How to Build a High Performing Workplace Through Leadership, Values, and Ethics
Morgan James Publishing, Paperback, 9781630471538, 292pp.
Publication Date: November 11, 2014
With employee engagement between 26-30 percent leaders are looking for ways to engage untapped employee potential and maximize their capital investment in HR.
A new business paradigm is emerging in the twenty-first century where an organization's culture is the most important and valuable asset a company has to attract, engage, and retain top talent. The most successful corporations in the world are values-driven and consciously invest in building their workplace culture so that it aligns with the personal values of their people.
Values are a source of life-force energy that come from within. They inspire and motivate us and embody our heart and soul. Study of contextual cardiology has demonstrated the existence and power of the heart's energy. We experience this in the form of emotional intelligence and intuition. The more leaders practice connecting with their emotional intelligence (emotions such as love, compassion, loyalty, and trust), the more effective they will be at leading themselves and others. This is because employees are looking for leaders they can trust and who care for others, want to make a difference, and contribute to society.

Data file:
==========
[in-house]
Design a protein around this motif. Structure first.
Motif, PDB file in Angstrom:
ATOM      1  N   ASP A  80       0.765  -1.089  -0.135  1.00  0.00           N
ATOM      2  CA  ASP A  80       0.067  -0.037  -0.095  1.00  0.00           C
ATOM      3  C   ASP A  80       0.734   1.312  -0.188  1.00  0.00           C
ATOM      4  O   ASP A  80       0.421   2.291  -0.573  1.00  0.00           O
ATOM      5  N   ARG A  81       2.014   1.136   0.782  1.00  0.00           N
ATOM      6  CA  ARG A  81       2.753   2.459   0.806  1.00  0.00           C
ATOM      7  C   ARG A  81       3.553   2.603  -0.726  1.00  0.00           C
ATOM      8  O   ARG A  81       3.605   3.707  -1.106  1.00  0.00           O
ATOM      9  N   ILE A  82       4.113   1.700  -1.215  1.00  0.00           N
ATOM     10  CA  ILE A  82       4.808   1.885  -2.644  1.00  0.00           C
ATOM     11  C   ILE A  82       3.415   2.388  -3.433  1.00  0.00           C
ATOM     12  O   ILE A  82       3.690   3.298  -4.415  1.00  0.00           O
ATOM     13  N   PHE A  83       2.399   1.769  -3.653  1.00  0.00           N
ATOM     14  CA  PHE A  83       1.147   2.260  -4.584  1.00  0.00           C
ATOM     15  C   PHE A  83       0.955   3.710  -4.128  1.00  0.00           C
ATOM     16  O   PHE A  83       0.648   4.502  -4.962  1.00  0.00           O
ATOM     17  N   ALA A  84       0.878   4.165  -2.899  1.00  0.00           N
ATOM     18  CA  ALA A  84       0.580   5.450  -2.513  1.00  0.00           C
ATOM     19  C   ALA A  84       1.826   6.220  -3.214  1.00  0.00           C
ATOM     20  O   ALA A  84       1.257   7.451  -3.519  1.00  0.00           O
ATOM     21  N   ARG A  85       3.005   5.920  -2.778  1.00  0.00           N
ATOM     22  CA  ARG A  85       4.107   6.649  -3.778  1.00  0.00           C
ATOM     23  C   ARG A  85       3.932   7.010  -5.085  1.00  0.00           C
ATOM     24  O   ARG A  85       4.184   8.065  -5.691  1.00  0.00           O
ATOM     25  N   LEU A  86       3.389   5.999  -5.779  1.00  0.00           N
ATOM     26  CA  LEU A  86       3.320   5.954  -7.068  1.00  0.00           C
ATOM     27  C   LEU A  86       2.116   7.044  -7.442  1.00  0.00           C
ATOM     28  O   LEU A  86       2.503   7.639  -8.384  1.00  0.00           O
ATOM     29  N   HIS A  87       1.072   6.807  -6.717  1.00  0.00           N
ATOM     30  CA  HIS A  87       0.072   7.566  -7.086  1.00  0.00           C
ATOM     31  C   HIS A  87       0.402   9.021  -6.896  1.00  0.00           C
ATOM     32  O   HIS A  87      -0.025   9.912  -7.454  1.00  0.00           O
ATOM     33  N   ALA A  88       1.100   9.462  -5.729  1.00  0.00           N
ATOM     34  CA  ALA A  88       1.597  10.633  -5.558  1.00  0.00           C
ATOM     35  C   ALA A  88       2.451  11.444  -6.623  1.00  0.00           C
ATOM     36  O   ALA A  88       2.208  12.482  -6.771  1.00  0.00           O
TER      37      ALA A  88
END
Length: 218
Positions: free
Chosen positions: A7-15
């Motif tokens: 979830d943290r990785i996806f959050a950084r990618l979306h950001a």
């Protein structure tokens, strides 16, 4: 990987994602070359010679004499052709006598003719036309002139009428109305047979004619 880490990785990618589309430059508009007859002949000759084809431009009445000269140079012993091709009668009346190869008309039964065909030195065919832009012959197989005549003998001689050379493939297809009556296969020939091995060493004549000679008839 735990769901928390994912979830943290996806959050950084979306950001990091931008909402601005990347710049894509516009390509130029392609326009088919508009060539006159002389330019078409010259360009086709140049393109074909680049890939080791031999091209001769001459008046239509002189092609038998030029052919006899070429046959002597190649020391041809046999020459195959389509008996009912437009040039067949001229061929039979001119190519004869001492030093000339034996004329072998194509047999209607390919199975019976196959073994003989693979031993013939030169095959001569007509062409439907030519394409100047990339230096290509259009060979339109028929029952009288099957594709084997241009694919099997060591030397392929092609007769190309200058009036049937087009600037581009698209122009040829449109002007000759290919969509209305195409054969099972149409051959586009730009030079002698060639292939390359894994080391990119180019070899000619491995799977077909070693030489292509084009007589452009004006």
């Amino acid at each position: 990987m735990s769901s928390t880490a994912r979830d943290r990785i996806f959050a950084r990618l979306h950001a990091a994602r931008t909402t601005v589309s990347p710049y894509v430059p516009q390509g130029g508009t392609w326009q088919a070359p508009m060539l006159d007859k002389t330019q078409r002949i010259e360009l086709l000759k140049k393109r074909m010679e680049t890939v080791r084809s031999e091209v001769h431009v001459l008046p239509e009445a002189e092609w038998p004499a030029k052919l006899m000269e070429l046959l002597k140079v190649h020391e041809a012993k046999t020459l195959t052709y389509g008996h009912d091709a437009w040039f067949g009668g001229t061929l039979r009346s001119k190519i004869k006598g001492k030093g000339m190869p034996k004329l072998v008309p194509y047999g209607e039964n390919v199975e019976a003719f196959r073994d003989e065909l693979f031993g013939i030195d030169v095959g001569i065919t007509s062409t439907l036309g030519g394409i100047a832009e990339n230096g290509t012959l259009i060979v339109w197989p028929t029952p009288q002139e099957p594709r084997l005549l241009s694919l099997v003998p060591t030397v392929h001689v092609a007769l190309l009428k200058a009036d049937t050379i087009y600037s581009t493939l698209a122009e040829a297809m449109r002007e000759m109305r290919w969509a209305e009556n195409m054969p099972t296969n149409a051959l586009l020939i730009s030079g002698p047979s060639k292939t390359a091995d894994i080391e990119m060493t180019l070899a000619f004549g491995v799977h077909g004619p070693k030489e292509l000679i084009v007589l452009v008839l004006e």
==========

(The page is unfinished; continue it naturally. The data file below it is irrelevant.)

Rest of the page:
A facilitative leadership style is the key to transforming an organization and creating a culture of engagement. It moves people from being focused on "me" (self-interest) to "we" (common good). Facilitative leaders unify the organization, connect hearts and minds, empower employees to bring their best selves to work, and create a WOW culture where employees love what they do.
The book contains unique tools for inner and outer transformation, along with case studies and worksheets to support leaders' journeys of culture change to measure, map, and manage cultural transformation. What you measure you can manage.
Organizational transformation begins with the personal transformation of the leaders because organizations don't change; it's the people in them who do. Leaders learn how to "walk the talk" and be the change they want to see.